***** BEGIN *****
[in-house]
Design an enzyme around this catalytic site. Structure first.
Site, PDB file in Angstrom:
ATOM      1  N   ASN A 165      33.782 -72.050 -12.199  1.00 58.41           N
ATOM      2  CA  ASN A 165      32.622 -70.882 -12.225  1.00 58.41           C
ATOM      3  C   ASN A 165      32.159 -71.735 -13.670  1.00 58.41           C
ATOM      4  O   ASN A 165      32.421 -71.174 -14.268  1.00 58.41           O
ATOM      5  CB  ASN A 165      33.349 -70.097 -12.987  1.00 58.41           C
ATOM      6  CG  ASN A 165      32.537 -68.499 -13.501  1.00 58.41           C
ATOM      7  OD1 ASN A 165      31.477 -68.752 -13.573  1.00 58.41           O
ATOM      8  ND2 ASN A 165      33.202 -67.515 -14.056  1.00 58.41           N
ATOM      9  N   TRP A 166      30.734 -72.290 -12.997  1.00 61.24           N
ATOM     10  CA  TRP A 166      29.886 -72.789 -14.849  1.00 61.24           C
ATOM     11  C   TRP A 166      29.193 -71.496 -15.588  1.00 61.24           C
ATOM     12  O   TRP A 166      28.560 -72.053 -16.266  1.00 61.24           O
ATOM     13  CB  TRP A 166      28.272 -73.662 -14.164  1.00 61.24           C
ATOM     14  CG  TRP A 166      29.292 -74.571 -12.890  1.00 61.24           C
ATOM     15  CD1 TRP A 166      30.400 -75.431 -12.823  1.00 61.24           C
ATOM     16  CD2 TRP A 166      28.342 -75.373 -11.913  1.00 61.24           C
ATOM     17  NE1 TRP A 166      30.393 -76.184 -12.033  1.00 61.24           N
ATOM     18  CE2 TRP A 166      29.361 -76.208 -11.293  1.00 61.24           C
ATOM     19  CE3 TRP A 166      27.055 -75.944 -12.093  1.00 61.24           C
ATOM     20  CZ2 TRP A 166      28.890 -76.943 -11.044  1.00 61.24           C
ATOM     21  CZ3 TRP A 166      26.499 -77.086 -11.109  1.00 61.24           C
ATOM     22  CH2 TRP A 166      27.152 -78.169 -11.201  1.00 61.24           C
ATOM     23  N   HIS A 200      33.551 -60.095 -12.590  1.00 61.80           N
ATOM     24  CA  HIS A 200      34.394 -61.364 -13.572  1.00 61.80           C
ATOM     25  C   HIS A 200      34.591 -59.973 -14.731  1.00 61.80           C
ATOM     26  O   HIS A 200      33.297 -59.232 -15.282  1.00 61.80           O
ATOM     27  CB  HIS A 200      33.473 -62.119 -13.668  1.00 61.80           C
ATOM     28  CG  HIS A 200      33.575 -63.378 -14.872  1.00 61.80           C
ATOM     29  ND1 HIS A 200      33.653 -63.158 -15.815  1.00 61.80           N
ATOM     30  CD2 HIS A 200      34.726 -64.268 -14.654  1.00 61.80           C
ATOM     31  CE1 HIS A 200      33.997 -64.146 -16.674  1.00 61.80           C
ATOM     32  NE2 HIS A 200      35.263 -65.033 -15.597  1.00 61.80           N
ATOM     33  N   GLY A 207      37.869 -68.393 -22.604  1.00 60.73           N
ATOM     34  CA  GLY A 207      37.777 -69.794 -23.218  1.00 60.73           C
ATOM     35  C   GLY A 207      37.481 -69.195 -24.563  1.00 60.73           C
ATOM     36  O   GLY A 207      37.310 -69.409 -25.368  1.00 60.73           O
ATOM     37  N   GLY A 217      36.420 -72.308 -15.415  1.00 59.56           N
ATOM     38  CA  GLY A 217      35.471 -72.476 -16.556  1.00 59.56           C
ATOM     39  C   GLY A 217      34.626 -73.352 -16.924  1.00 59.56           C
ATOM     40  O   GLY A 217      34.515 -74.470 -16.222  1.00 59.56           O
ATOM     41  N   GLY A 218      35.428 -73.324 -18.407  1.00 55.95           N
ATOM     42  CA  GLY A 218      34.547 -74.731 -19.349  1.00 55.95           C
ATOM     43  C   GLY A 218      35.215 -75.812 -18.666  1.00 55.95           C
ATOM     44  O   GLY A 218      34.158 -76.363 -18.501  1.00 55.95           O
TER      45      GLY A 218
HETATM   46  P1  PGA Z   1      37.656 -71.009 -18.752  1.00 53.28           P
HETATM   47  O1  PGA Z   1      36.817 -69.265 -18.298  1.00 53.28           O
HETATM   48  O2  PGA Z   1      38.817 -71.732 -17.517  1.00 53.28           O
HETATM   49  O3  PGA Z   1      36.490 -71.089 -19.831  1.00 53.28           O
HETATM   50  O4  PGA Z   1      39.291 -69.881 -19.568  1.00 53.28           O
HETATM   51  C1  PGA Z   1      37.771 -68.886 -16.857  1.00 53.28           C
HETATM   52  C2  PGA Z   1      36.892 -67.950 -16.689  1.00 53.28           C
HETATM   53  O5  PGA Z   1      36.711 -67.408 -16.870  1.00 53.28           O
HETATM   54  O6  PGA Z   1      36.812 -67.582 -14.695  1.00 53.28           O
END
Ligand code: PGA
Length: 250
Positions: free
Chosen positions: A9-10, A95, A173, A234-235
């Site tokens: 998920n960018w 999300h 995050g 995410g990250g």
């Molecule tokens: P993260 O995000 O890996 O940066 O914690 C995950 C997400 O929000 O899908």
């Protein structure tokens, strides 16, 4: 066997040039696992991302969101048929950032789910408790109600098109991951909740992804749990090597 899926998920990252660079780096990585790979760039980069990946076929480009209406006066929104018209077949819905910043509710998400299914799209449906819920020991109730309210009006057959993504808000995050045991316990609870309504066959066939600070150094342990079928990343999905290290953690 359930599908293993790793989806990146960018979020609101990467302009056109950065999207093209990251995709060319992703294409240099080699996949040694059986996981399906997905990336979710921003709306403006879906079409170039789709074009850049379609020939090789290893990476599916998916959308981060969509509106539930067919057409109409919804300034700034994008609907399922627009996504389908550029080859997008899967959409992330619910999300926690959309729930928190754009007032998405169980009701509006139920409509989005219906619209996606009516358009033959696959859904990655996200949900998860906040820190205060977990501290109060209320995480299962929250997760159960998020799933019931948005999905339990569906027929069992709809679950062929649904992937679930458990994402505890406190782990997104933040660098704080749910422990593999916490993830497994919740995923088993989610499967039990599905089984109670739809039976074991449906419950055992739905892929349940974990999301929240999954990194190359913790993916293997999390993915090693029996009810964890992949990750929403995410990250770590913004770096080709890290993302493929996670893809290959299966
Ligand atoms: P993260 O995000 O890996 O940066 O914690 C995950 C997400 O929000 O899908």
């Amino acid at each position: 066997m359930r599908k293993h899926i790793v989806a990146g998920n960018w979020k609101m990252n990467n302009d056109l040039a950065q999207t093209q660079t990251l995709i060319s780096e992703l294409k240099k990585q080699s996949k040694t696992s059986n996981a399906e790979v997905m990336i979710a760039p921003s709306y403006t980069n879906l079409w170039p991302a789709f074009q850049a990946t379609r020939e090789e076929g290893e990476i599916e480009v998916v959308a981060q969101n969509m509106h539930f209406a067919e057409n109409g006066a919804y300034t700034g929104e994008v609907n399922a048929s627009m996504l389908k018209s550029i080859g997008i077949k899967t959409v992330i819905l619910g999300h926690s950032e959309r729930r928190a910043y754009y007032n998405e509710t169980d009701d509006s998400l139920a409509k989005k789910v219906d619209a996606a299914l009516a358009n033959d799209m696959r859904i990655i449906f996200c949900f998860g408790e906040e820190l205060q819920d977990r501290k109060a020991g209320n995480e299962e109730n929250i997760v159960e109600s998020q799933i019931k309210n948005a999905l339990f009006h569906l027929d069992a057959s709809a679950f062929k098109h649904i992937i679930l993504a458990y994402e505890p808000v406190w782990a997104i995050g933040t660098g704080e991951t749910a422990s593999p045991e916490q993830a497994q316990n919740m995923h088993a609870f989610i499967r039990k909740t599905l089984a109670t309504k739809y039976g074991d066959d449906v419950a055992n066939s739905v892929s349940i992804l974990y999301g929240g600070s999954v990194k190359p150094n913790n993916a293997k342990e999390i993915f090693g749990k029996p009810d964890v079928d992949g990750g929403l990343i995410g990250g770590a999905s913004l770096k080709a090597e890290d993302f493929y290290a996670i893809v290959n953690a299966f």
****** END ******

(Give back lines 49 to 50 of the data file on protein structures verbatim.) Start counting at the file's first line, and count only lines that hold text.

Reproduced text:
HETATM   46  P1  PGA Z   1      37.656 -71.009 -18.752  1.00 53.28           P
HETATM   47  O1  PGA Z   1      36.817 -69.265 -18.298  1.00 53.28           O